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Front. Aging Neurosci. | doi: 10.3389/fnagi.2018.00420

Effects of Visual and Acoustic Distraction on Driving Behavior and EEG in Young and Older Car Drivers: A Driving Simulation Study

  • 1Leibniz-Institut für Arbeitsforschung an der TU Dortmund (IfADo), Germany

Driving safety depends on the drivers' attentional focus on the driving task. Especially in complex situations, distraction due to secondary stimuli can impair driving performance. The inhibition of distractors or inadequate prepotent responses to irrelevant stimuli requires cognitive control, which is assumed to be reduced with increasing age. The present EEG study investigated the effects of secondary acoustic and visual stimuli on driving performance of younger and older car drivers in a driving simulator task. The participants had to respond to brake lights of a preceding car under different distraction conditions and with varying task difficulties. Overall, the anticipation of high demanding tasks affected braking response behavior in young and especially in older adults, who showed reduced cognitive control to task-relevant braking stimuli, as reflected by a smaller P3b. In a more easy (perception only) task, simultaneously presented acoustic stimuli accelerated braking response times in young and older adults, which was associated with a pronounced P2. In contrast, secondary visual stimuli increased braking response times in older adults, associated with a reduced P3b. In a more difficult (discrimination) task, braking response behavior was impaired by the presence of secondary acoustic and visual stimuli in young and older drivers. Braking response time increased (and the P3b decreased), especially when the responses to the secondary stimuli had to be suppressed. This negative effect was more pronounced with visual secondary stimuli, and especially so in the older group. In sum, the results suggest an impaired resistance to distractor interference and a reduced inhibition of prepotent responses in older drivers. This was most pronounced when the processing of task-relevant and irrelevant stimuli engage the same mental resources, for example, by sharing the same stimulus modality.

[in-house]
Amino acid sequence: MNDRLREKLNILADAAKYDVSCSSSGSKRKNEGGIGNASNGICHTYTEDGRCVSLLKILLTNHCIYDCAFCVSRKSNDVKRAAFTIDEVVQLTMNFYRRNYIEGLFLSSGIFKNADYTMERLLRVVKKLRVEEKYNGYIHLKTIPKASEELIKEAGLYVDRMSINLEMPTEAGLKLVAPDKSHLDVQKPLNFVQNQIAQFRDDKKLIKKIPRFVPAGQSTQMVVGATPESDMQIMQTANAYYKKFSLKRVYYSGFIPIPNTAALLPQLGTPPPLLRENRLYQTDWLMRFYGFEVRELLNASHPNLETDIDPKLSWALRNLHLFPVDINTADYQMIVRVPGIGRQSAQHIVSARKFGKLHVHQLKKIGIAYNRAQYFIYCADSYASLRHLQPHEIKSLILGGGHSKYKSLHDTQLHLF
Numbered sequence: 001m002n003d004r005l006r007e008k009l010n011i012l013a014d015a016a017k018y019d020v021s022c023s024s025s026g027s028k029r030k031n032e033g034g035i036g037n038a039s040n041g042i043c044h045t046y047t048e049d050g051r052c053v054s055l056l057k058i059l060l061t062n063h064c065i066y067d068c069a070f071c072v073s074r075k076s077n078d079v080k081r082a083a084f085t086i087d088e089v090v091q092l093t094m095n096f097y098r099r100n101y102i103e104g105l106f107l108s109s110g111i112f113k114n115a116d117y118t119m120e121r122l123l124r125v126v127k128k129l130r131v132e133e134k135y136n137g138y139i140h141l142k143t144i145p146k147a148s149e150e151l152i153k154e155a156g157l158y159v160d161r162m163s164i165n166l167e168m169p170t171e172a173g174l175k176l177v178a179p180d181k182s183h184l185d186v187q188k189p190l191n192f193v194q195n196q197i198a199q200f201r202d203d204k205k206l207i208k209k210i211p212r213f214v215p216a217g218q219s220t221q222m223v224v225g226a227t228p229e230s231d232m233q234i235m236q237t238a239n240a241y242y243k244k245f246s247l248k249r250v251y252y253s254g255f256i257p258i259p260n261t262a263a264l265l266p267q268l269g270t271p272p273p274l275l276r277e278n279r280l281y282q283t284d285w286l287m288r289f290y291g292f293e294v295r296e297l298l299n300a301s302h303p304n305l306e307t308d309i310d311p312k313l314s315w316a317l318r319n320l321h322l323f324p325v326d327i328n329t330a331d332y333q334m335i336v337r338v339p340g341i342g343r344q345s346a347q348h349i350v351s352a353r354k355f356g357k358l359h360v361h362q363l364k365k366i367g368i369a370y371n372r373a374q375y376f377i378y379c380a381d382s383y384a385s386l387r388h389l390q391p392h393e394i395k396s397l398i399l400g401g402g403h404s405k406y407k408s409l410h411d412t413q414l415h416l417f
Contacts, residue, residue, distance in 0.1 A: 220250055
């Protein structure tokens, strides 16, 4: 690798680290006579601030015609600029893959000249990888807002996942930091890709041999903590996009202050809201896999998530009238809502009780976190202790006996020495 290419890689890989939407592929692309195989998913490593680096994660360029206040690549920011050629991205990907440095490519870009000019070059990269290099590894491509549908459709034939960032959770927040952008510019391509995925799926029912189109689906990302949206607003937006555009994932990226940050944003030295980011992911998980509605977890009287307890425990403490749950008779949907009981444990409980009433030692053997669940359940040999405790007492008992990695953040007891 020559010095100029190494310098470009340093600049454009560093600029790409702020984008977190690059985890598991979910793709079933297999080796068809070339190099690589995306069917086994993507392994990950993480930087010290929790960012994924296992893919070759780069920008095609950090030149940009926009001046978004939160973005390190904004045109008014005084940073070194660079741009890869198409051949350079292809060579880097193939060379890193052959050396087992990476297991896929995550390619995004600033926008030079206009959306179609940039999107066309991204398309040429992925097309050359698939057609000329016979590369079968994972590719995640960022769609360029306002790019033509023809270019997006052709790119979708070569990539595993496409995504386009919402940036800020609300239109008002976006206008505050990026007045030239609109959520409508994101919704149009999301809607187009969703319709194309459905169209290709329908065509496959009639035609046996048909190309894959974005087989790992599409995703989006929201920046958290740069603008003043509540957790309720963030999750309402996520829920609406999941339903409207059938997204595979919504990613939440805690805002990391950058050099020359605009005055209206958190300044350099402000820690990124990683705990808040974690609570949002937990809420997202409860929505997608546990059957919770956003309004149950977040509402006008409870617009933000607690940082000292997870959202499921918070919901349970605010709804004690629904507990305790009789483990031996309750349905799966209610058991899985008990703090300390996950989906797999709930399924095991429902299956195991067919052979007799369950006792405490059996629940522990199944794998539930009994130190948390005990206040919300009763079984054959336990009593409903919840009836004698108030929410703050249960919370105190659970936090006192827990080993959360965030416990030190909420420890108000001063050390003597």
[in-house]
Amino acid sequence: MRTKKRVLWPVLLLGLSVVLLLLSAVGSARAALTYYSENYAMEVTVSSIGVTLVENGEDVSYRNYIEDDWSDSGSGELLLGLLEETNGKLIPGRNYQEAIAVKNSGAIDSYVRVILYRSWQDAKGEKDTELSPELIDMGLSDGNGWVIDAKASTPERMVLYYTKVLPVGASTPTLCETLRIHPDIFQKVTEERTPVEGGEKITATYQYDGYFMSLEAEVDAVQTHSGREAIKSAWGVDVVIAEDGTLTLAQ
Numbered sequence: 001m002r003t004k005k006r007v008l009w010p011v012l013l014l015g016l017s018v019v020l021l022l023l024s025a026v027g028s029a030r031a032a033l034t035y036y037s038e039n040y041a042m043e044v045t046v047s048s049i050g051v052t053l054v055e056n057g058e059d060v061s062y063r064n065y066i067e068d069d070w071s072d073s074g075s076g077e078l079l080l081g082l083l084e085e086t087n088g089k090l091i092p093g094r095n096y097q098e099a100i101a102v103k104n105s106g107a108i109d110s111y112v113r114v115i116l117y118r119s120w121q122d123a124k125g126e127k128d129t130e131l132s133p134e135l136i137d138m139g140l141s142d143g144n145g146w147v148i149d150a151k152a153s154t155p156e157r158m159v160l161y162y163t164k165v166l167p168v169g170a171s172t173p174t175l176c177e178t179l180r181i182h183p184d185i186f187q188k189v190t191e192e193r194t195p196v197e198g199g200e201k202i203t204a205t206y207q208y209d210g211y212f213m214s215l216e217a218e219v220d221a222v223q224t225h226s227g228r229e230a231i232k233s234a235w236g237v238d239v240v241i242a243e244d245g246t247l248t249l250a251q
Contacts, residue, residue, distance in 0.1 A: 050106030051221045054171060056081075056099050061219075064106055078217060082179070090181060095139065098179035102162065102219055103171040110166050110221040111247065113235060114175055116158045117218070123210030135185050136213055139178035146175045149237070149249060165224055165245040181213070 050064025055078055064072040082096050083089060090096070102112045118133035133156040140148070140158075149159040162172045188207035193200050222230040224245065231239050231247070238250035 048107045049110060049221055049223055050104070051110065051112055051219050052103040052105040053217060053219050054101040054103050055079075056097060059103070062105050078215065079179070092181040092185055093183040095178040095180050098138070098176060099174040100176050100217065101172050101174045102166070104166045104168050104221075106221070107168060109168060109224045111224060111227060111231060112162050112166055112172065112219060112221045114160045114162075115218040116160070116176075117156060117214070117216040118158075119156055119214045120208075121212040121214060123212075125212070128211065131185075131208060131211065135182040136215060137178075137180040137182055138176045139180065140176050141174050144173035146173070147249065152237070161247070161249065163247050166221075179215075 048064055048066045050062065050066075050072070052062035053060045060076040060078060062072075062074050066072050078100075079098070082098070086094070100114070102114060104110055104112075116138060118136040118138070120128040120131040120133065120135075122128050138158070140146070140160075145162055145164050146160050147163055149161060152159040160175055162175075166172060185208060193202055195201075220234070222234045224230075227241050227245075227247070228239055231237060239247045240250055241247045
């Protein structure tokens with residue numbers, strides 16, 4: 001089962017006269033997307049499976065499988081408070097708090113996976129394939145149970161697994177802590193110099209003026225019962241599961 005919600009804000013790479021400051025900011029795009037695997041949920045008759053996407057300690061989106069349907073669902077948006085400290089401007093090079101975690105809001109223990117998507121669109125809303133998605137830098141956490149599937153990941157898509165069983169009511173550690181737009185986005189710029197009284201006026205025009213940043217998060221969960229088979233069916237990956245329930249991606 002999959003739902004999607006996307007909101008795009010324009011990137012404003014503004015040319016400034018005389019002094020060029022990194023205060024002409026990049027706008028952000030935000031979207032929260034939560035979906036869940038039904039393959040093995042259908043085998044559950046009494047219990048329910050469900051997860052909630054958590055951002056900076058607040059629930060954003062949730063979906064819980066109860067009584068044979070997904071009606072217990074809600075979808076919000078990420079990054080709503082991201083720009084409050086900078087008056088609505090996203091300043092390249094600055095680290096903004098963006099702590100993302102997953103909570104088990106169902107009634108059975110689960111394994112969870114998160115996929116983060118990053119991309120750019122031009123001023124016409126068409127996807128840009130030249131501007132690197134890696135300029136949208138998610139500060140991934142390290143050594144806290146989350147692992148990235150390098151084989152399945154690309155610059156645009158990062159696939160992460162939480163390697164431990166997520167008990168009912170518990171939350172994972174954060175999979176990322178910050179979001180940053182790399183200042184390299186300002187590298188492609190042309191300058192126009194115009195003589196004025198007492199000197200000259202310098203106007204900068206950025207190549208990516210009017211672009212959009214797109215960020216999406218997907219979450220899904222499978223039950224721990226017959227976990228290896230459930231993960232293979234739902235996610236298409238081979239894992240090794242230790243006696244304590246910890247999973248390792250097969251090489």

Keywords: Aging, driving, distraction, cognitive control, EEG

Received: 05 Aug 2018; Accepted: 04 Dec 2018.

Edited by:

Jutta Kray, Saarland University, Germany

Reviewed by:

Vasil Kolev, Institute of Neurobiology (BAS), Bulgaria
Markus Werkle-Bergner, Max-Planck-Institut für Bildungsforschung, Germany
Daniela Czernochowski, Technische Universität Kaiserslautern, Germany  

Copyright: © 2018 Karthaus, Wascher and Getzmann. This is an open-access article distributed under the terms of the Creative Commons Attribution License (CC BY). The use, distribution or reproduction in other forums is permitted, provided the original author(s) and the copyright owner(s) are credited and that the original publication in this journal is cited, in accordance with accepted academic practice. No use, distribution or reproduction is permitted which does not comply with these terms.

* Correspondence: Dr. Melanie Karthaus, Leibniz-Institut für Arbeitsforschung an der TU Dortmund (IfADo), Dortmund, Germany,